The Kanawha-Charleston Humane Association received mostly positive reviews and hundreds of suggestions on how it could improve in a recent community survey.
The Greenbrier Street animal shelter asked the public to weigh in on its services and answer a host of questions about their experiences at the facility. The shelter was available online and shelter staff used Facebook to promote it. More than 500 people participated and ranged in age from 18 to 81.
Of those who have adopted an animal from the shelter in the past, 62 percent said they would adopt from there again.
Fifty-three percent of respondents said they've had a "good" or "excellent" experience. Thirty-one percent said their experiences were "fair." Just 9 percent rated their experience as poor.
The survey also asked about the shelter's reputation in the community. Those results were more mixed.
Forty-two percent said the shelter has either a poor or fair image in the community, while 39 percent said its reputation was either good or excellent.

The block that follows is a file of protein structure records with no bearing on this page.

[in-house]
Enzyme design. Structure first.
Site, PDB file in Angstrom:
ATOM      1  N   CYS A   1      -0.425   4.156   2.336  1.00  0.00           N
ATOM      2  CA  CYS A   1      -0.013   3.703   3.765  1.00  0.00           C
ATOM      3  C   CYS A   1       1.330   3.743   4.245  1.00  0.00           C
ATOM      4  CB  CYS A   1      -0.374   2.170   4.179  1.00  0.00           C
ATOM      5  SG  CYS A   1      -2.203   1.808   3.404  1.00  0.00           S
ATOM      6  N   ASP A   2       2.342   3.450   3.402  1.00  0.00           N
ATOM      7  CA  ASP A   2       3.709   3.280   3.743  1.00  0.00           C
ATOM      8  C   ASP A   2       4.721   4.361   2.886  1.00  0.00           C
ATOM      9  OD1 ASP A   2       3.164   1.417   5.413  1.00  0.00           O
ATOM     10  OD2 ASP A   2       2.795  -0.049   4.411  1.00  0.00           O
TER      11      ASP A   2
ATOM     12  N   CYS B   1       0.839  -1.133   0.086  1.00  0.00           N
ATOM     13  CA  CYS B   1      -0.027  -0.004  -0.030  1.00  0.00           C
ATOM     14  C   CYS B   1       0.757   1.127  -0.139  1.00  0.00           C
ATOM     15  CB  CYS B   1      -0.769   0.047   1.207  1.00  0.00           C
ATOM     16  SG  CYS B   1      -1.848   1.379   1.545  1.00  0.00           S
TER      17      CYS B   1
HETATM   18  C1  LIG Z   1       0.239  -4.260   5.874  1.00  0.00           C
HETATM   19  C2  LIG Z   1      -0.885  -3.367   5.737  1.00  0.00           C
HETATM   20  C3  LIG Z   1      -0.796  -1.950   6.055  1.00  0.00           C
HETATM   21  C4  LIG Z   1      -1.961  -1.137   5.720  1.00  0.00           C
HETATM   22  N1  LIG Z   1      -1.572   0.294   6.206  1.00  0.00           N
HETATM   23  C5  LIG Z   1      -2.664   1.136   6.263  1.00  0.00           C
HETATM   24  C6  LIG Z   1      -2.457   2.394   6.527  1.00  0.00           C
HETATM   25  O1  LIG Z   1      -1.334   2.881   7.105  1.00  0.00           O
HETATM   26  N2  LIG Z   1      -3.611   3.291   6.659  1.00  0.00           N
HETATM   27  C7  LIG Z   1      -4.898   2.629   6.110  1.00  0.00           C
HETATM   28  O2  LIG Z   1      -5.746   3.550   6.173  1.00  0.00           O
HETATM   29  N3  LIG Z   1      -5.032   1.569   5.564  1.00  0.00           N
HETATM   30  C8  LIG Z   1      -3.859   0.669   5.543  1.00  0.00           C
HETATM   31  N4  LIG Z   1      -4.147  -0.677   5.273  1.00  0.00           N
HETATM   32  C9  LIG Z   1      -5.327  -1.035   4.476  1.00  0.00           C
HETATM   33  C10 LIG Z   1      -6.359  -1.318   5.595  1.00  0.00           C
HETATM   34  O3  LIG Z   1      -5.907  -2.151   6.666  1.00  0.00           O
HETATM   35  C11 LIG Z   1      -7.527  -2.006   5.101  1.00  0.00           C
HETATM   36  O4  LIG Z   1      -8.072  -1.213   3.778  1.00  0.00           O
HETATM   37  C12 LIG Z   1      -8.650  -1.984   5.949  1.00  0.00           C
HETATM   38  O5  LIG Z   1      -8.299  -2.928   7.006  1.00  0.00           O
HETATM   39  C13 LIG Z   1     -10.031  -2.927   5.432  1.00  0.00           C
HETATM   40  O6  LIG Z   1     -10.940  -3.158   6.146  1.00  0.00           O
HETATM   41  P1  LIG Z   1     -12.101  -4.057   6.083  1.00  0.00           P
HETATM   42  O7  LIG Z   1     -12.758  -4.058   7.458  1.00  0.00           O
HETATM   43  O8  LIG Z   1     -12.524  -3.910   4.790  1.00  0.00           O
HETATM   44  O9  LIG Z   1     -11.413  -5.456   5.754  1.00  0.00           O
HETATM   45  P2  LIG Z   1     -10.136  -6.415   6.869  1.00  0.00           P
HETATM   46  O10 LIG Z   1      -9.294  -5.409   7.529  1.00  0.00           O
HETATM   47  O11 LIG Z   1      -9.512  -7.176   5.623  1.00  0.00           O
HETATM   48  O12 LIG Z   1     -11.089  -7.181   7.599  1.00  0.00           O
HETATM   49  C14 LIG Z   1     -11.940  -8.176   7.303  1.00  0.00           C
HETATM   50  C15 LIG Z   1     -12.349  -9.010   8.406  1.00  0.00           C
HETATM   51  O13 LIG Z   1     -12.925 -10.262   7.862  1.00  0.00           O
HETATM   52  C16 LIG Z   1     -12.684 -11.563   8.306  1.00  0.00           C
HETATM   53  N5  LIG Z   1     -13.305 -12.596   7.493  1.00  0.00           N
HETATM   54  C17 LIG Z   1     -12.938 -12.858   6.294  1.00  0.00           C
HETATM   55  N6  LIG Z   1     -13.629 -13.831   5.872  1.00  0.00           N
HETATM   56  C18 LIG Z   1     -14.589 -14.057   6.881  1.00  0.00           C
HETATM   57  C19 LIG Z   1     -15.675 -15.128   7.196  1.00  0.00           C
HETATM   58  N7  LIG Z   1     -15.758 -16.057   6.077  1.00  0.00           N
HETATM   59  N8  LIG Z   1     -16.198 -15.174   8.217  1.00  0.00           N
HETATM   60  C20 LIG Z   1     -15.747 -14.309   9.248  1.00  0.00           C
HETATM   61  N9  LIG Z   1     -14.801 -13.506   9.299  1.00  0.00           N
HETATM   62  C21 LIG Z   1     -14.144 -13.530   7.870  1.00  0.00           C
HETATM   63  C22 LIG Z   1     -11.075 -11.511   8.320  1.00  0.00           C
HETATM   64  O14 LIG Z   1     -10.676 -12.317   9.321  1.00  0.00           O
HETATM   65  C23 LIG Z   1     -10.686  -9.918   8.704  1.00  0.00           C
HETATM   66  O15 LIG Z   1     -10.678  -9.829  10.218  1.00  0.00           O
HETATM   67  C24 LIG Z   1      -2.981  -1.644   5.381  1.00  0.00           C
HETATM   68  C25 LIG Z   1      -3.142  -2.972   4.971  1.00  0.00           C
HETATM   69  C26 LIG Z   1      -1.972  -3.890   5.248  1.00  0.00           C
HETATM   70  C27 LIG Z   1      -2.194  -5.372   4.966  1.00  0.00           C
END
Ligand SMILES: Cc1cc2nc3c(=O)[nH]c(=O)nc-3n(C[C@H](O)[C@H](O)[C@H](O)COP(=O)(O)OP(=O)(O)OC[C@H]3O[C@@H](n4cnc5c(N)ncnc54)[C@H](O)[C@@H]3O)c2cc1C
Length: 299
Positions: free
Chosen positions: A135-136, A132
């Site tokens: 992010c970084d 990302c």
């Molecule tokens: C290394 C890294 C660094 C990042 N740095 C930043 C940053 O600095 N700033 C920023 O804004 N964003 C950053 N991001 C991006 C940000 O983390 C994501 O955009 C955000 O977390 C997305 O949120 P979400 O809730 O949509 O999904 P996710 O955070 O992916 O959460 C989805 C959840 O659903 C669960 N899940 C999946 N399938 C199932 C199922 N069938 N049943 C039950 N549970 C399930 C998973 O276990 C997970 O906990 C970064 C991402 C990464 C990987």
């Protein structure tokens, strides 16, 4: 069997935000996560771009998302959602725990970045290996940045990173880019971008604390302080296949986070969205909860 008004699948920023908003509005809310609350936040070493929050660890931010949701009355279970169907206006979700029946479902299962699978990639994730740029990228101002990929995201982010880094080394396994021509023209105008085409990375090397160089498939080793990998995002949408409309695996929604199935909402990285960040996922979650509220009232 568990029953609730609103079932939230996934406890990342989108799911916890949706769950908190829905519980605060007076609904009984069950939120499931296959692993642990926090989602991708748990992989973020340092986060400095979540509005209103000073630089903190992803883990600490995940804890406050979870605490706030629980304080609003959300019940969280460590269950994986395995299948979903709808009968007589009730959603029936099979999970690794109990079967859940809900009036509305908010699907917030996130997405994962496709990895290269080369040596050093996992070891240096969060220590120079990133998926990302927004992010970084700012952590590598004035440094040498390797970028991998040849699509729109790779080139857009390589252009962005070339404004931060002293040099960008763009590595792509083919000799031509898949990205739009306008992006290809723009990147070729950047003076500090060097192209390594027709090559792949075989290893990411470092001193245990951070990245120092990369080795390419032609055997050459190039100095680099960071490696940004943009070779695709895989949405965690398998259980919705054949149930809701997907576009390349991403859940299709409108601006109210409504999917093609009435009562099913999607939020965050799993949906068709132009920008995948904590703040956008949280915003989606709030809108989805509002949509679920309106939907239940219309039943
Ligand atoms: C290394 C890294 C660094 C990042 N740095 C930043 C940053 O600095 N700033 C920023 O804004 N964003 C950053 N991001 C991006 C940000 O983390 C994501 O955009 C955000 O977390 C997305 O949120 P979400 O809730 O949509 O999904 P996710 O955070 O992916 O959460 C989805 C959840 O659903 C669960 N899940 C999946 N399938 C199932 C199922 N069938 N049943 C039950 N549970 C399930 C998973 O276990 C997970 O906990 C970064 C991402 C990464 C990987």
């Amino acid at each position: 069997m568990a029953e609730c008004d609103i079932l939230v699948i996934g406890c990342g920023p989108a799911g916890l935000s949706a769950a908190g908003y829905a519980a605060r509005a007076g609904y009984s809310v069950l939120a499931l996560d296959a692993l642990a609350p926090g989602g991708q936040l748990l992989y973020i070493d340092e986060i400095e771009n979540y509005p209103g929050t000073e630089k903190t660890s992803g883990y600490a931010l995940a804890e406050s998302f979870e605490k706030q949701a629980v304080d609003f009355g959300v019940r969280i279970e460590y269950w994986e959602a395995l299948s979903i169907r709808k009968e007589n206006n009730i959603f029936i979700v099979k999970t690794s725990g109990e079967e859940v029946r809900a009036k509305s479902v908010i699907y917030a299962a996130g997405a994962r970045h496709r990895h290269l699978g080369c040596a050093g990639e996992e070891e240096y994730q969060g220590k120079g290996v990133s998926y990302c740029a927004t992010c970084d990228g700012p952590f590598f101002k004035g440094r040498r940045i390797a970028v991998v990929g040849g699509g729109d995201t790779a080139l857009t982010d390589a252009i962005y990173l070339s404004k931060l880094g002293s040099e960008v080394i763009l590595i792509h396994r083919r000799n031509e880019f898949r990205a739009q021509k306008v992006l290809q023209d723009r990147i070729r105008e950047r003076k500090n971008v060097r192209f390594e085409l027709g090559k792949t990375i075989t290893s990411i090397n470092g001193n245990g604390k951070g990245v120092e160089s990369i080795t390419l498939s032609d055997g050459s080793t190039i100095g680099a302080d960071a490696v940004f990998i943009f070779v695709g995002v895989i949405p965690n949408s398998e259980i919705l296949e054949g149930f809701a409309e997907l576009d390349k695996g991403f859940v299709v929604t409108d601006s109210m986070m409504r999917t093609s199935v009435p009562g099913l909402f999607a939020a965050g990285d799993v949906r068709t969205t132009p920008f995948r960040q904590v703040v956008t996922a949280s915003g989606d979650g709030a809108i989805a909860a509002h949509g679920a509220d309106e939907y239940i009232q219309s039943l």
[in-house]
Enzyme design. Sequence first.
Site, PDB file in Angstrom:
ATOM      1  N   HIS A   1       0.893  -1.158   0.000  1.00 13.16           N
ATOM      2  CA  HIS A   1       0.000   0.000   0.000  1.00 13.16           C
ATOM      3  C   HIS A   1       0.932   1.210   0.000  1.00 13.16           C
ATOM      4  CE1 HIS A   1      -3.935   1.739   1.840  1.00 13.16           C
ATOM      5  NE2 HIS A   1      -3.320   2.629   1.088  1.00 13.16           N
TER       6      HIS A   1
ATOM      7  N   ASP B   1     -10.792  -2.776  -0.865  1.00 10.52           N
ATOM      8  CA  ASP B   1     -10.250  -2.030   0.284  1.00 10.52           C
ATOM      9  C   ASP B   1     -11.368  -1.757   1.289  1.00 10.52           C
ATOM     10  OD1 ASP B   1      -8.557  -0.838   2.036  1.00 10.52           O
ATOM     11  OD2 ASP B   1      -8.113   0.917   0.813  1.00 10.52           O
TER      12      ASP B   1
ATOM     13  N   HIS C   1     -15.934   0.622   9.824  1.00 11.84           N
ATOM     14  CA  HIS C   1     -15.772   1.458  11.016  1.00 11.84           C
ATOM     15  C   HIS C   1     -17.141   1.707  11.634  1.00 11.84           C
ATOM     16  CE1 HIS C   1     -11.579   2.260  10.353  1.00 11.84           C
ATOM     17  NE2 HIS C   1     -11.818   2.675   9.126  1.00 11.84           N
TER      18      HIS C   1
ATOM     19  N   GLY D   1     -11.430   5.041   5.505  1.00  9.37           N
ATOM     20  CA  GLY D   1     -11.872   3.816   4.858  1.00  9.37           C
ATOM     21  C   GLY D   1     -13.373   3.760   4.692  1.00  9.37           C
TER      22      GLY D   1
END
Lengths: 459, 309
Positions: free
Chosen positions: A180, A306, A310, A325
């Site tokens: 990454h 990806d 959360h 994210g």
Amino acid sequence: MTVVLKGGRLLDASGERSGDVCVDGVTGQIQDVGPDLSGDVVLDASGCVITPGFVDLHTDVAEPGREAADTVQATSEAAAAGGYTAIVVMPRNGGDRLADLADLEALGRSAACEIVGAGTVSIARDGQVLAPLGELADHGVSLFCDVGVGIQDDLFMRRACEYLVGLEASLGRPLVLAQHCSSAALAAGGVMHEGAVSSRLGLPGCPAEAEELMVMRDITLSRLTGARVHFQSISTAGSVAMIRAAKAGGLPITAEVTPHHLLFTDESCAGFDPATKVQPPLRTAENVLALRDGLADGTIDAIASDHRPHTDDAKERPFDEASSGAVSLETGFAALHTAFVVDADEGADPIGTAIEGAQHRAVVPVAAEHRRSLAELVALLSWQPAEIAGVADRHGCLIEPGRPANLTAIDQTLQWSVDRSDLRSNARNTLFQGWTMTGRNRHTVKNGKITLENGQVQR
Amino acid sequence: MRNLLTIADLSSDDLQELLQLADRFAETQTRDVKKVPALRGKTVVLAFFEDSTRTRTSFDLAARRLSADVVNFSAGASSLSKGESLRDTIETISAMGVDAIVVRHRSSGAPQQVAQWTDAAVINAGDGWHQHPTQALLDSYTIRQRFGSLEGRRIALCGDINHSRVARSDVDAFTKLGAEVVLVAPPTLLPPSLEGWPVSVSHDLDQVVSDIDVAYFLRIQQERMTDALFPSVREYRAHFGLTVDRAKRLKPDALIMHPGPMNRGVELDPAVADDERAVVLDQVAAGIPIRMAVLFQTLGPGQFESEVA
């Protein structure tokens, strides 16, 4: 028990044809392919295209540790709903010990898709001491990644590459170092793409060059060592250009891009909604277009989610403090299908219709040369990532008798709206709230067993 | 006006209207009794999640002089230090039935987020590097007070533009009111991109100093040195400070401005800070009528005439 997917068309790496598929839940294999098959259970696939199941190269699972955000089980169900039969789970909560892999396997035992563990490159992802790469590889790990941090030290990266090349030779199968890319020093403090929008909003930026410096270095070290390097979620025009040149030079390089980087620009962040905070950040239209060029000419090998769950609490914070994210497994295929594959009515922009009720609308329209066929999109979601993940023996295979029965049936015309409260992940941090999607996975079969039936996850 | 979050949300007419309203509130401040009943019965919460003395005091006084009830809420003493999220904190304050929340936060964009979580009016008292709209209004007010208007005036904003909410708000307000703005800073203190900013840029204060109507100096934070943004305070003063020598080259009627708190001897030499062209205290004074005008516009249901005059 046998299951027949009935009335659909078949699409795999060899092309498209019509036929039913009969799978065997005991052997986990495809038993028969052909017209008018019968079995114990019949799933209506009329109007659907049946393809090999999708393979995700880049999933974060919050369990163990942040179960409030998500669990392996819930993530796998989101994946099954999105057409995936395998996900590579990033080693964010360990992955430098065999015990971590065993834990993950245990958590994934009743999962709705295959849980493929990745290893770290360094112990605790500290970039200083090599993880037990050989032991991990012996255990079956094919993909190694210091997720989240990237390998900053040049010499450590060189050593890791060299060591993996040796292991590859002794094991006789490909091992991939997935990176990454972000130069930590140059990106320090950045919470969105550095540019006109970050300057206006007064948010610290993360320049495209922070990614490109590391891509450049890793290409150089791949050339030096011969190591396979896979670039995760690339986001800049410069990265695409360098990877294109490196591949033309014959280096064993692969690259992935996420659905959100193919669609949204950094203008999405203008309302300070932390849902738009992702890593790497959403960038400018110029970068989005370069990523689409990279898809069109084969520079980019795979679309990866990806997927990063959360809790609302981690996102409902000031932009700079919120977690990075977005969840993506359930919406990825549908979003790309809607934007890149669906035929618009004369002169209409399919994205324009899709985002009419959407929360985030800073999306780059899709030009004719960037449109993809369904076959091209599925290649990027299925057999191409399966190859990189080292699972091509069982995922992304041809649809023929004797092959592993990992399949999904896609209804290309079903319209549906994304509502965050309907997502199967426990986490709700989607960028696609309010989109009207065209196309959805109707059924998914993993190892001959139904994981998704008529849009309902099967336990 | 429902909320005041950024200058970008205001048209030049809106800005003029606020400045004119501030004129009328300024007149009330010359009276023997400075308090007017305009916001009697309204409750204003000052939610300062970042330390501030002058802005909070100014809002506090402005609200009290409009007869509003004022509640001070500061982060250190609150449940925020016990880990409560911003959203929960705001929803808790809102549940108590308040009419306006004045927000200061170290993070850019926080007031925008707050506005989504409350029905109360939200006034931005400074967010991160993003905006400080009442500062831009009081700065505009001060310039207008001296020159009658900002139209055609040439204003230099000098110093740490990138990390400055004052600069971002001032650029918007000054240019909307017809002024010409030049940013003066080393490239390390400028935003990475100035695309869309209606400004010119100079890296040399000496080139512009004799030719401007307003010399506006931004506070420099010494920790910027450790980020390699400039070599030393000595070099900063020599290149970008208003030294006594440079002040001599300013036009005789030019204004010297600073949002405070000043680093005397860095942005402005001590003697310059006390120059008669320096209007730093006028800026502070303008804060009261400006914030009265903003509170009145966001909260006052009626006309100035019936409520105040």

Many respondents included comments with their answers. Several complained that staff members were either unfriendly or unhelpful.
"Try to ensure that the people who work there actually like animals," one person wrote.
Some said the shelter sends animals to out-of-area rescue groups before locals have the time to consider them for adoption.
"I wonder if you are sending some of the most adoptable pets to the rescue groups too soon," one person wrote. "I understand they are extremely helpful, but I think you should hold them for local adoption for at least two weeks and give the local people (WV) first choice. Even a full week would help."
Others suggested allowing potential adopters to fill out paperwork online. Some said the shelter could be cleaner.
Eighty-nine percent of respondents were women. Current pet owners comprised 96 percent of the survey pool. Only 9 percent were current dues-paying members of the association.
The shelter has undergone several changes in recent weeks.
Longtime director Donna Pauley resigned in late August, along with two board members and Vice President Kim Hutton.
Chelsea Staley, who co-founded rescue advocacy organization Dog Bless and began working at the shelter in the spring, is serving as interim director. Five new board members were elected in June, most of whom were affiliated with Staley's organization.
Results are available at http://tinyurl.com/jwh2wtl